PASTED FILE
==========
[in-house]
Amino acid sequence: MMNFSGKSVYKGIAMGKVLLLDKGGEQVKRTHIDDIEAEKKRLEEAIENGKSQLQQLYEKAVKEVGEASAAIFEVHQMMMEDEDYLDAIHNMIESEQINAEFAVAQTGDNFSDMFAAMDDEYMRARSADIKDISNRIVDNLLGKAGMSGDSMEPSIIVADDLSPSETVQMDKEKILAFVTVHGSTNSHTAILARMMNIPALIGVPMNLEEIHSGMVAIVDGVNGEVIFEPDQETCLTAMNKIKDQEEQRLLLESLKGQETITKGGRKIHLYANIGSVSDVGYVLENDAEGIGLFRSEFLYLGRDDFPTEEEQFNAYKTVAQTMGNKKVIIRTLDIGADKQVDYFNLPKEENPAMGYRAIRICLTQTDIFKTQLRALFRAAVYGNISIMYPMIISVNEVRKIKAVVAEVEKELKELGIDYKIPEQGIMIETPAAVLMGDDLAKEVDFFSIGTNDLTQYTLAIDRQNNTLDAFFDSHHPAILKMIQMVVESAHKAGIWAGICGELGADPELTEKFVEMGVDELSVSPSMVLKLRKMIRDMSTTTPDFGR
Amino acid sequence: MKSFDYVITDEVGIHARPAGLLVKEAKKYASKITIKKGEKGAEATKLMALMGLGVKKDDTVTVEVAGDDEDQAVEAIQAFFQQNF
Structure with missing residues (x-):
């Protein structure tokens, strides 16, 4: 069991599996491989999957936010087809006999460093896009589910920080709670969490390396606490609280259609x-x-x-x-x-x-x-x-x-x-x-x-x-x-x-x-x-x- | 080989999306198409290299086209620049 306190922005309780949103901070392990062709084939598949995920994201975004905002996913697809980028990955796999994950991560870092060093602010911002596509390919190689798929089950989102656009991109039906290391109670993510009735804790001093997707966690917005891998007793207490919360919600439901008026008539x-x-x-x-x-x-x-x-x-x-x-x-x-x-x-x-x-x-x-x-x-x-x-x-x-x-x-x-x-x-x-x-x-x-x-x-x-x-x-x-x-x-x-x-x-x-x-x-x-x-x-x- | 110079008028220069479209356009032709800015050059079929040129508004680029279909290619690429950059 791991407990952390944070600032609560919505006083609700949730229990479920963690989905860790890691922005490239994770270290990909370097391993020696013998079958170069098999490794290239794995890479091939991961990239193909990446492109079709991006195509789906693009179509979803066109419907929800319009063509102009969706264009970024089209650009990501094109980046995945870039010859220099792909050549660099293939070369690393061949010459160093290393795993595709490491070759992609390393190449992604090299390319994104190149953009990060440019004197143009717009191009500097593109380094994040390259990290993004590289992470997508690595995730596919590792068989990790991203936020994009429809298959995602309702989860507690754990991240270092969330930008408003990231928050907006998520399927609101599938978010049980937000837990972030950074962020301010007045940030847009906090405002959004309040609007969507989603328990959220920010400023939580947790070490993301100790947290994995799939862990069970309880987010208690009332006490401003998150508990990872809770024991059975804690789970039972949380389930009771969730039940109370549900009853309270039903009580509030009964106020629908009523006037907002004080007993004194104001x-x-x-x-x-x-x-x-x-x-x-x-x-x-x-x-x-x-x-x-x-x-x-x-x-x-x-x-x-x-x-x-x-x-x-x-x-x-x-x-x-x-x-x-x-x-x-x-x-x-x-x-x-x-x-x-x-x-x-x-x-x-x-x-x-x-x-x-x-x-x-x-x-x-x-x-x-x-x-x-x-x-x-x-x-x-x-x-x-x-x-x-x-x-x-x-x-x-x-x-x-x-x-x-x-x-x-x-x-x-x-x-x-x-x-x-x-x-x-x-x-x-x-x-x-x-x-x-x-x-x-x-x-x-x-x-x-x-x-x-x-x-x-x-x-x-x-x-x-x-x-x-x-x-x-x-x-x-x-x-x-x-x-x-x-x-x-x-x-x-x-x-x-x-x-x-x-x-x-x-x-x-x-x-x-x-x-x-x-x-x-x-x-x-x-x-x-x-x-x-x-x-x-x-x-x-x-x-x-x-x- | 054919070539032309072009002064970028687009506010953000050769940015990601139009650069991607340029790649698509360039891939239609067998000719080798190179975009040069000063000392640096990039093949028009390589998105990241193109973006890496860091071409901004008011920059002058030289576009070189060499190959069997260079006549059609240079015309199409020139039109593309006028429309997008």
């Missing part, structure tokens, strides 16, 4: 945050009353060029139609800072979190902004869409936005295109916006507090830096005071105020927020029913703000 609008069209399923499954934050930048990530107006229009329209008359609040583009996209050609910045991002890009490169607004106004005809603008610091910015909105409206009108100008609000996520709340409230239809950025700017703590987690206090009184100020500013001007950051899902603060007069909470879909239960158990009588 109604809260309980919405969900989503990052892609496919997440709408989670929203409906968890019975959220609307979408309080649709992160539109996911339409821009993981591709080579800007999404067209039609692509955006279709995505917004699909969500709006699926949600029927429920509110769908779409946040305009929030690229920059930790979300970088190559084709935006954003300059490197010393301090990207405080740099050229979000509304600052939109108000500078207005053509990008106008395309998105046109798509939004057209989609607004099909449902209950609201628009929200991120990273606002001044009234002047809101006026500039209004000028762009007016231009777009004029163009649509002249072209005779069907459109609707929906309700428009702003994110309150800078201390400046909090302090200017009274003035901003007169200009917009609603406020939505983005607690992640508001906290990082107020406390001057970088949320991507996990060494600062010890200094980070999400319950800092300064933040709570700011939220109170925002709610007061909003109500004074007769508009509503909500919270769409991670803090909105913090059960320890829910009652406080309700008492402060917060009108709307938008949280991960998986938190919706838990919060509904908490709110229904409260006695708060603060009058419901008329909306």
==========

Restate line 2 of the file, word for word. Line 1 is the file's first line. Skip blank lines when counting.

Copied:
Amino acid sequence: MMNFSGKSVYKGIAMGKVLLLDKGGEQVKRTHIDDIEAEKKRLEEAIENGKSQLQQLYEKAVKEVGEASAAIFEVHQMMMEDEDYLDAIHNMIESEQINAEFAVAQTGDNFSDMFAAMDDEYMRARSADIKDISNRIVDNLLGKAGMSGDSMEPSIIVADDLSPSETVQMDKEKILAFVTVHGSTNSHTAILARMMNIPALIGVPMNLEEIHSGMVAIVDGVNGEVIFEPDQETCLTAMNKIKDQEEQRLLLESLKGQETITKGGRKIHLYANIGSVSDVGYVLENDAEGIGLFRSEFLYLGRDDFPTEEEQFNAYKTVAQTMGNKKVIIRTLDIGADKQVDYFNLPKEENPAMGYRAIRICLTQTDIFKTQLRALFRAAVYGNISIMYPMIISVNEVRKIKAVVAEVEKELKELGIDYKIPEQGIMIETPAAVLMGDDLAKEVDFFSIGTNDLTQYTLAIDRQNNTLDAFFDSHHPAILKMIQMVVESAHKAGIWAGICGELGADPELTEKFVEMGVDELSVSPSMVLKLRKMIRDMSTTTPDFGR